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Reforming Social Security: A Practical and Workable System of Personal Retirement Accounts


  • Fred T. Goldberg, Jr.
  • Michael J. Graetz


This paper details a method for implementing personal retirement accounts (PRAs) as a part of Social Security reform. The approach described here answers the following questions: how funds are collected and credited to each participants' retirement account; how money is invested; and how funds are distributed to retirees. It is designed to accommodate a variety of answers to a wide range of important policy questions; to minimize administrative costs and distribute those costs in a fair and reasonable way; to minimize the burden on employers, especially small employees who do not now maintain a qualified retirement plan; and to meet the expectations of Americans for simplicity, security, control, and independence in ways that are easy to explain and to understand. The system we describe relies on existing payroll and income tax mechanisms for collecting PRA funds and crediting PRA accounts. It provides two basic options for investments: (i) a simply system involving a limited number of funds sponsored by the Social Security Administration and managed by private companies, and (ii) privately sponsored funds with additional investment choices. It also provides two distribution alternatives if distributions are required to be annuitized: (i) an increase in Social Security benefits, and (ii) inflation-protected annuities provided directly to retirees by private companies.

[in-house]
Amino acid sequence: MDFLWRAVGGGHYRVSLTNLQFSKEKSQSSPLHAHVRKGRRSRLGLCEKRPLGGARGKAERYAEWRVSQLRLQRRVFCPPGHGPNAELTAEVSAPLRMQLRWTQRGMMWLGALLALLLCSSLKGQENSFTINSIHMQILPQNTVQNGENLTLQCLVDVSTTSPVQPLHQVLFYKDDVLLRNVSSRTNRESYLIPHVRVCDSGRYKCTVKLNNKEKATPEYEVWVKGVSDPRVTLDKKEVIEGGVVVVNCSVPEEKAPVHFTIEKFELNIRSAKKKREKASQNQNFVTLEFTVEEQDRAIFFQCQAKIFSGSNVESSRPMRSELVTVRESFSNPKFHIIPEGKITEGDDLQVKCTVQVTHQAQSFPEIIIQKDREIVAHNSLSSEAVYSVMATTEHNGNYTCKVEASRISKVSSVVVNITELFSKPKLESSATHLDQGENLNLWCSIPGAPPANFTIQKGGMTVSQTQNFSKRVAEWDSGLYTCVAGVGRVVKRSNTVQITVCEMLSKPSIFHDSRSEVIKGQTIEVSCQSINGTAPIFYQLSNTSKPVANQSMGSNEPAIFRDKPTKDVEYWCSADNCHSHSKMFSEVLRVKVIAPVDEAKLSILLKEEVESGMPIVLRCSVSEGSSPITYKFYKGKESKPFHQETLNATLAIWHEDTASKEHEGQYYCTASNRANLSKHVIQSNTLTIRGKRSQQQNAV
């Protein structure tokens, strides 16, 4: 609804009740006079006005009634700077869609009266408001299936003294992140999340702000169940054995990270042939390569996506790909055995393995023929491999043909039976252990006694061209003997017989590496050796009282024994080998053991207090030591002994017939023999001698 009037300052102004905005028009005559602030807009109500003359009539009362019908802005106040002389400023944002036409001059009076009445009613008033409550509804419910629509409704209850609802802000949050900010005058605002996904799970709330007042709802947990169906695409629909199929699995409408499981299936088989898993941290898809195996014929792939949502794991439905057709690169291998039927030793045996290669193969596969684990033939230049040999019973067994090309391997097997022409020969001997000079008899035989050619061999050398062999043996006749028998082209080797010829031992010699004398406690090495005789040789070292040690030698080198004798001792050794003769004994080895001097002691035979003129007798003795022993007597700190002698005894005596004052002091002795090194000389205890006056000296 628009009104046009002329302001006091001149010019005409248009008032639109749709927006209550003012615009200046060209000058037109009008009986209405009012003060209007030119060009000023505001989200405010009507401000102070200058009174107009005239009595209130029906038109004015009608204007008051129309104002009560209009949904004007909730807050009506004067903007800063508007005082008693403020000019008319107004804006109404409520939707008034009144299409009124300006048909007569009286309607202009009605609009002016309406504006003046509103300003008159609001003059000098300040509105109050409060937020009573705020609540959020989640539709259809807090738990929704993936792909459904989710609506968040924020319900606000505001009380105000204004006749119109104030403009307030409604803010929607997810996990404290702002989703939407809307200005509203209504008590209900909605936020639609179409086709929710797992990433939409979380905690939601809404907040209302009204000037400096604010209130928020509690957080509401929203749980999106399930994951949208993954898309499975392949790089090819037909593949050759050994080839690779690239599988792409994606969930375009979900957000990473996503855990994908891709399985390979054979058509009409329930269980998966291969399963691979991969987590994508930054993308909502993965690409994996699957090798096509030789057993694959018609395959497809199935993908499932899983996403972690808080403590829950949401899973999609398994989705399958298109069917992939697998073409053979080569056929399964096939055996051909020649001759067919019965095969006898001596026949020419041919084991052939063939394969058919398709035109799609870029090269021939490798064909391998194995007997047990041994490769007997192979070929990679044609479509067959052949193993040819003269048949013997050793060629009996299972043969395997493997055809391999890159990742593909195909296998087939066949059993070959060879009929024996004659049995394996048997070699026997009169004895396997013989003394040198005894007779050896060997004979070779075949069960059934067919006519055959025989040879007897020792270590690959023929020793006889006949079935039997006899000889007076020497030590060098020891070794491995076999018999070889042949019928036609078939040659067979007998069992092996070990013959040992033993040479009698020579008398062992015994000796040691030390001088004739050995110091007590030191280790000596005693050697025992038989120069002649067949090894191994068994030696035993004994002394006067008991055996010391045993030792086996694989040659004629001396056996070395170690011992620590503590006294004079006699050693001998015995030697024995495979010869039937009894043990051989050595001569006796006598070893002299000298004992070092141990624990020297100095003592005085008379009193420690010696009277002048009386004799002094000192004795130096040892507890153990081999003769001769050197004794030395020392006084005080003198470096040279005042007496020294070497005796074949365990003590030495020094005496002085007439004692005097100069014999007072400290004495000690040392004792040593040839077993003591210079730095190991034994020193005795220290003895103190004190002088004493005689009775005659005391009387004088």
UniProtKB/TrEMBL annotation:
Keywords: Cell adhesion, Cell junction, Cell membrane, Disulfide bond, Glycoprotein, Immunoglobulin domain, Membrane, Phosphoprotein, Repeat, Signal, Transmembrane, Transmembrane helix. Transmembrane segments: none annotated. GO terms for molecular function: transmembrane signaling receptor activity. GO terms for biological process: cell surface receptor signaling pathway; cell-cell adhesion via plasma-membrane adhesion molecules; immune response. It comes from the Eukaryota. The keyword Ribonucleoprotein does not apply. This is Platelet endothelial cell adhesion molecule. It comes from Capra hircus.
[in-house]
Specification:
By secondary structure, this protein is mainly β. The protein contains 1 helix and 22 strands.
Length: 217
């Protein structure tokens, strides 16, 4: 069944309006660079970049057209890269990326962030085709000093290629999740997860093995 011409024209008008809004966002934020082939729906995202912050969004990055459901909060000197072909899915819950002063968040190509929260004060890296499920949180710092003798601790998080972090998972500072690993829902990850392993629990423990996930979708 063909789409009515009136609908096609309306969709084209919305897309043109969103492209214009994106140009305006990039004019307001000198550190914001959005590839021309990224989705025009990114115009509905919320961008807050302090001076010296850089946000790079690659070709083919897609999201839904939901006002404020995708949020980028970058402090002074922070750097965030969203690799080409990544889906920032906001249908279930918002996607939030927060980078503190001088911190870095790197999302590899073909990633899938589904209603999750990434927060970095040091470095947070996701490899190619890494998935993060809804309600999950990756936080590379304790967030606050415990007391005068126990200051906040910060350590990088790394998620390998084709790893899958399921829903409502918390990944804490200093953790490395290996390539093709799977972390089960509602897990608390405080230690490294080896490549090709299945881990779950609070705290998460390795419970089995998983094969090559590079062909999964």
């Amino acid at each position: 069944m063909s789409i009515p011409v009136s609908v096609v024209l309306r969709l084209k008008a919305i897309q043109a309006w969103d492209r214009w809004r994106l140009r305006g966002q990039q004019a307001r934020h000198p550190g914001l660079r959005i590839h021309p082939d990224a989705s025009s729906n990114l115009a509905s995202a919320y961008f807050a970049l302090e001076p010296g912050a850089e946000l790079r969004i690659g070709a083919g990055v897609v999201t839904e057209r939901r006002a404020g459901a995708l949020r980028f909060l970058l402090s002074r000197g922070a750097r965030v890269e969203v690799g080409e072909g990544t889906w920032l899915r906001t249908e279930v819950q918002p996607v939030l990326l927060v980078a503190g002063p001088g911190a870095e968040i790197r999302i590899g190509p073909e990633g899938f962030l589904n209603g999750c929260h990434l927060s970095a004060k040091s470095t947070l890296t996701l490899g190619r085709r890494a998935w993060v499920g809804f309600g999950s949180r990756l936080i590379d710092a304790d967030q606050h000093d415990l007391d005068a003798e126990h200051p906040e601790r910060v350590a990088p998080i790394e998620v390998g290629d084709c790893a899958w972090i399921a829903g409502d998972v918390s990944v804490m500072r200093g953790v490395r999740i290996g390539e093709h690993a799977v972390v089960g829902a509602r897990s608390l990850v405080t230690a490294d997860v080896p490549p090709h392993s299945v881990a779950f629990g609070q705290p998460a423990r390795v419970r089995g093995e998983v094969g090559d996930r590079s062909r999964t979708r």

Suggested Citation

  • Fred T. Goldberg, Jr. & Michael J. Graetz, 1999. "Reforming Social Security: A Practical and Workable System of Personal Retirement Accounts," NBER Working Papers 6970, National Bureau of Economic Research, Inc.
  • Handle: RePEc:nbr:nberwo:6970
    Note: AG PE

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    Cited by:

    1. Martin S. Feldstein & Jeffrey B. Liebman, 2002. "The Distributional Effects of an Investment-Based Social Security System," NBER Chapters, in: The Distributional Aspects of Social Security and Social Security Reform, pages 263-326, National Bureau of Economic Research, Inc.
    2. Martin Feldstein & Andrew Samwick, 1999. "Maintaining Social Security Benefits and Tax Rates through Personal Retirement Accounts: An Update Based on the 1998 Social Security Trustees Report," NBER Working Papers 6540, National Bureau of Economic Research, Inc.

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